Emerging economies provide numerous testaments to the importance of the banking and financial sectors to both the national and global economies. Helped by cheap international oil prices and steady implementation of its reforms programme, Pakistan’s economy has posted solid gains, with projected growth in the 4-5% range, according to the World Bank, which also credits the country’s “stellar implementation” of an IMF reform programme.
“The financial sector is growing with robust yearly earnings increasing by 52%,” says Sirajuddin Aziz, President of Habib Metro Bank. “[The] Bank’s role is to act as a financial intermediary to foster development and provide funds to the industries, but if you are collecting deposits and buying government securities, then you are not providing that investment flow. The sector is growing and needs to keep growing in order to provide financial options to the people and businesses.
Pakistan needs to provide an enabling environment and resolve issues such as energy shortage and security. Only then investors will be willing to bet on the country and banks will be more than happy to step in and support their initiatives.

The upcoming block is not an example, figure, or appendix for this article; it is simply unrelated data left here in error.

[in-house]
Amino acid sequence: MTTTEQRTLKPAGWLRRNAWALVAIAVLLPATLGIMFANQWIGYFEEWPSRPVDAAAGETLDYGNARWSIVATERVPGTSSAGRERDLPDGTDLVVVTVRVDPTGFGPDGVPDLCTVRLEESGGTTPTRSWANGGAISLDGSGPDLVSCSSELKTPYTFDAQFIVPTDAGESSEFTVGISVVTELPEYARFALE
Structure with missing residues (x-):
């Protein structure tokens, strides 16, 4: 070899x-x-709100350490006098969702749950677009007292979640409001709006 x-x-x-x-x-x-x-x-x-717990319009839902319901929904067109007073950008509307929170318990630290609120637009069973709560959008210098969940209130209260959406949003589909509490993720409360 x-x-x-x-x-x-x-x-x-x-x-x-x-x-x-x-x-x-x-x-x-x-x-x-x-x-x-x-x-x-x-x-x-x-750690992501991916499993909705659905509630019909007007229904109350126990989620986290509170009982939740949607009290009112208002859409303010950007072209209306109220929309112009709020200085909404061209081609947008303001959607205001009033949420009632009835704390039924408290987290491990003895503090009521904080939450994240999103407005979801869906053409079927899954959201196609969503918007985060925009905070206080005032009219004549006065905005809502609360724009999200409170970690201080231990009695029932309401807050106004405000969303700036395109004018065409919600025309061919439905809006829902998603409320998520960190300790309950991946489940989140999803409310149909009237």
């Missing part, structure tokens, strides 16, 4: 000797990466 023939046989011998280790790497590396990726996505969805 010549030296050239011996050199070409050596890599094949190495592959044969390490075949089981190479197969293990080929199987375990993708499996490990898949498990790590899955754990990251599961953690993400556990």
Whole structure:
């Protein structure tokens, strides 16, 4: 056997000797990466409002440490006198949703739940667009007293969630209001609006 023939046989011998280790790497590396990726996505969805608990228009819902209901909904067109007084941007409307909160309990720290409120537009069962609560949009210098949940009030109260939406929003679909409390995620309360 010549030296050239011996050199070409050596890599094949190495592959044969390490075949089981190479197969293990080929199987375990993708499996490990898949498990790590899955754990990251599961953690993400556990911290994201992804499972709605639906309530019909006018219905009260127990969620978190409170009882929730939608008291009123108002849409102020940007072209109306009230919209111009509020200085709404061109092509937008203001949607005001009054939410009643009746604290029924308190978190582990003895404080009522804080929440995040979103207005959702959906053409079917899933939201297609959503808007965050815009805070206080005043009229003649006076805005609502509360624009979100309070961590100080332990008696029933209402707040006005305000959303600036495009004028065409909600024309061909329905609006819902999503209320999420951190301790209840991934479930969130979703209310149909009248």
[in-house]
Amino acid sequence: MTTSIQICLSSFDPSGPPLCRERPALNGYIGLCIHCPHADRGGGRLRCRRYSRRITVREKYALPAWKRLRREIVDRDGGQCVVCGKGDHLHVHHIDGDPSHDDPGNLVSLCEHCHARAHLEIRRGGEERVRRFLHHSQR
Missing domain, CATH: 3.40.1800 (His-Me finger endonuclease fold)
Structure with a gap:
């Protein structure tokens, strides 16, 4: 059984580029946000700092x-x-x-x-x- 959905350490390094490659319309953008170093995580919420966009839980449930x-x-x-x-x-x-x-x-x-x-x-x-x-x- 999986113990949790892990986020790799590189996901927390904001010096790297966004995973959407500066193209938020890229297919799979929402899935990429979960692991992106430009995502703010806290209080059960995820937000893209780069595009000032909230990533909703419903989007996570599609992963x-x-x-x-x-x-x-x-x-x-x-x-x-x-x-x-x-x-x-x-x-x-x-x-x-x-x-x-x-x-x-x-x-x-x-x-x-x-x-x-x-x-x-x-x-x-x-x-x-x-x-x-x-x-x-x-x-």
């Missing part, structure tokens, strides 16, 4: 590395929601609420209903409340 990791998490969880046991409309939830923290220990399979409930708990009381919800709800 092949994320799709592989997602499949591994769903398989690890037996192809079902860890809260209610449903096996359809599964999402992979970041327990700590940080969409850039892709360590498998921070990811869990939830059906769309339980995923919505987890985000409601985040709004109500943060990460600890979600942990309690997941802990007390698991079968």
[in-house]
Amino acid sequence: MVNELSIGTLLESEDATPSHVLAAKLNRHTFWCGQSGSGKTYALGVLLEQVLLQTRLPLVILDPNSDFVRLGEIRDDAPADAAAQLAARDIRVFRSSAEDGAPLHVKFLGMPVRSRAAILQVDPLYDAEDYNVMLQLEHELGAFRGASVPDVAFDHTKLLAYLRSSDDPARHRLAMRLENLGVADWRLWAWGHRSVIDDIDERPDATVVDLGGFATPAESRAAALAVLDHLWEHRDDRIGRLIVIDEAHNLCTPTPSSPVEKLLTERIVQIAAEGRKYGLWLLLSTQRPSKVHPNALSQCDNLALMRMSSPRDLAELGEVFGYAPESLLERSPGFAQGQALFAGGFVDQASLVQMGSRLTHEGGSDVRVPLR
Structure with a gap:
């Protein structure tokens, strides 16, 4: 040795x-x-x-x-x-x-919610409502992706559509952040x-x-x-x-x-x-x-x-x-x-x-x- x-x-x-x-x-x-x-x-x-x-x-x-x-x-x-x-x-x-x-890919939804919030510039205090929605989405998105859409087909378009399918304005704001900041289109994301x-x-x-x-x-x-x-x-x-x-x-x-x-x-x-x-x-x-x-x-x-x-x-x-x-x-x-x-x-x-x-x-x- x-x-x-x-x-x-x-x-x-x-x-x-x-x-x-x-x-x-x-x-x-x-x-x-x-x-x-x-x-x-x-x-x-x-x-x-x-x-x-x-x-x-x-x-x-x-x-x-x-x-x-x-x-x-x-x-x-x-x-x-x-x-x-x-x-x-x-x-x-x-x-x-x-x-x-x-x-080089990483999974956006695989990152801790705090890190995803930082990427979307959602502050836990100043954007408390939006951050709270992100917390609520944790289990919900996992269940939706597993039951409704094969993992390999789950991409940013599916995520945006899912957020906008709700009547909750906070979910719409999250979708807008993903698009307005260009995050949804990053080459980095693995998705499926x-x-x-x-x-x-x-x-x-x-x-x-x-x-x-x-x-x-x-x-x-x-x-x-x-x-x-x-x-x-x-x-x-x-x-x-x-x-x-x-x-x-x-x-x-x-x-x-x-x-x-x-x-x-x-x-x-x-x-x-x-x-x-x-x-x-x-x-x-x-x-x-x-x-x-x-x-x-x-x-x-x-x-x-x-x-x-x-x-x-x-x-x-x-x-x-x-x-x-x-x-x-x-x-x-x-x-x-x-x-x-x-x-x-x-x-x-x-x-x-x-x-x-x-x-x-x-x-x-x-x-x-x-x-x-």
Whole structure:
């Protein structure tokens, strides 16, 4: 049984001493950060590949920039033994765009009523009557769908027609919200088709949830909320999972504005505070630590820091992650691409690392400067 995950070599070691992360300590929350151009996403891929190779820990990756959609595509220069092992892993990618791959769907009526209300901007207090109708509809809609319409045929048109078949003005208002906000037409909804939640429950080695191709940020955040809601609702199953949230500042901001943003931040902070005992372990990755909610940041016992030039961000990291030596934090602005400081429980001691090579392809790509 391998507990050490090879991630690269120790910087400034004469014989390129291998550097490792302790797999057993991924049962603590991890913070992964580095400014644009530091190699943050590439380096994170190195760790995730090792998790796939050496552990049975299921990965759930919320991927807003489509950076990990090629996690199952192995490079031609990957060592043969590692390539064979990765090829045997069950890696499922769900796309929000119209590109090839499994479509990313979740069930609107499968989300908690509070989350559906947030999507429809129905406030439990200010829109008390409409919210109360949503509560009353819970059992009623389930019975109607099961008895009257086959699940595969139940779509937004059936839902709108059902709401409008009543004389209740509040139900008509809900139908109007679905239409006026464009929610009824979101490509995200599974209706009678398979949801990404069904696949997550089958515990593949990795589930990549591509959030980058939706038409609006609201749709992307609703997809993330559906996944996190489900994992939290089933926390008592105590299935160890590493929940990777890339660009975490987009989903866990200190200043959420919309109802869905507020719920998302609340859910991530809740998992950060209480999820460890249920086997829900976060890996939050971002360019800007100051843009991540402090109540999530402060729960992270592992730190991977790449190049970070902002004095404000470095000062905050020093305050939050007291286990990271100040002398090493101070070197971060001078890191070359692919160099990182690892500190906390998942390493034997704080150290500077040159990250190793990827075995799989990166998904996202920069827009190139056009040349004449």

That’s what I feel and think as a patriot and as a Pakistani. We need to focus in supporting this cycle.”
Ashraf Mahmood Wathra, Governor of the State Bank of Pakistan, points to a tendency among international banks to follow their customers.
“If you have 20 new American corporations in Pakistan, one of the US banks will perhaps think about coming here. If you see the history of U.S. banking in Pakistan, we used to have more, such as Citi, American Express bank and Chase. A lot of them came in the 60’s and there were a lot of U.S. government businesses that used to be in this region. But besides the business side, the perspective of global banks is changing because of the Basel conventions, which are changing standards and risk parameters. These aspects sometimes depend on the country as well, so there is a whole set of other factors.”
Mr. Wathra noted another tendency among global banks, which is that they are becoming smaller in size and are focusing their efforts more in areas of the world where they have a lot of strategic interests.
“These days, for a marginal interest rate, no new bank will go to a different market. We have seen that tendency with HSBC, Standard Chartered Bank, Barclays and several others, who have been shrining in the last four to five years,” he said.